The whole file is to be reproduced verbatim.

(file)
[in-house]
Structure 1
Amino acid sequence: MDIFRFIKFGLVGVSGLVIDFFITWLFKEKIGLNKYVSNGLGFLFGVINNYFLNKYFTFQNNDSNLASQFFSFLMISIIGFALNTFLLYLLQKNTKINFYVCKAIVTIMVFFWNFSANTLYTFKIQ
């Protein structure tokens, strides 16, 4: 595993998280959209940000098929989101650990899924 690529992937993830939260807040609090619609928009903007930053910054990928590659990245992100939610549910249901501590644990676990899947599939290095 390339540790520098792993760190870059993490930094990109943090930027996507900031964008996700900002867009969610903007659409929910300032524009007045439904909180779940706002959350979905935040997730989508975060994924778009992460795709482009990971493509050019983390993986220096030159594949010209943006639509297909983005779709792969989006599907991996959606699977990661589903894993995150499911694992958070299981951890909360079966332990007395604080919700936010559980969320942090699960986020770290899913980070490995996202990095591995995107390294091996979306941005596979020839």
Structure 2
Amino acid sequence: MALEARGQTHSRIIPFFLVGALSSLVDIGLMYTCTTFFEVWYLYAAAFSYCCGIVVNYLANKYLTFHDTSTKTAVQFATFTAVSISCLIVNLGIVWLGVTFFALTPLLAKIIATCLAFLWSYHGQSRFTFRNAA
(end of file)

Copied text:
[in-house]
Structure 1
Amino acid sequence: MDIFRFIKFGLVGVSGLVIDFFITWLFKEKIGLNKYVSNGLGFLFGVINNYFLNKYFTFQNNDSNLASQFFSFLMISIIGFALNTFLLYLLQKNTKINFYVCKAIVTIMVFFWNFSANTLYTFKIQ
């Protein structure tokens, strides 16, 4: 595993998280959209940000098929989101650990899924 690529992937993830939260807040609090619609928009903007930053910054990928590659990245992100939610549910249901501590644990676990899947599939290095 390339540790520098792993760190870059993490930094990109943090930027996507900031964008996700900002867009969610903007659409929910300032524009007045439904909180779940706002959350979905935040997730989508975060994924778009992460795709482009990971493509050019983390993986220096030159594949010209943006639509297909983005779709792969989006599907991996959606699977990661589903894993995150499911694992958070299981951890909360079966332990007395604080919700936010559980969320942090699960986020770290899913980070490995996202990095591995995107390294091996979306941005596979020839």
Structure 2
Amino acid sequence: MALEARGQTHSRIIPFFLVGALSSLVDIGLMYTCTTFFEVWYLYAAAFSYCCGIVVNYLANKYLTFHDTSTKTAVQFATFTAVSISCLIVNLGIVWLGVTFFALTPLLAKIIATCLAFLWSYHGQSRFTFRNAA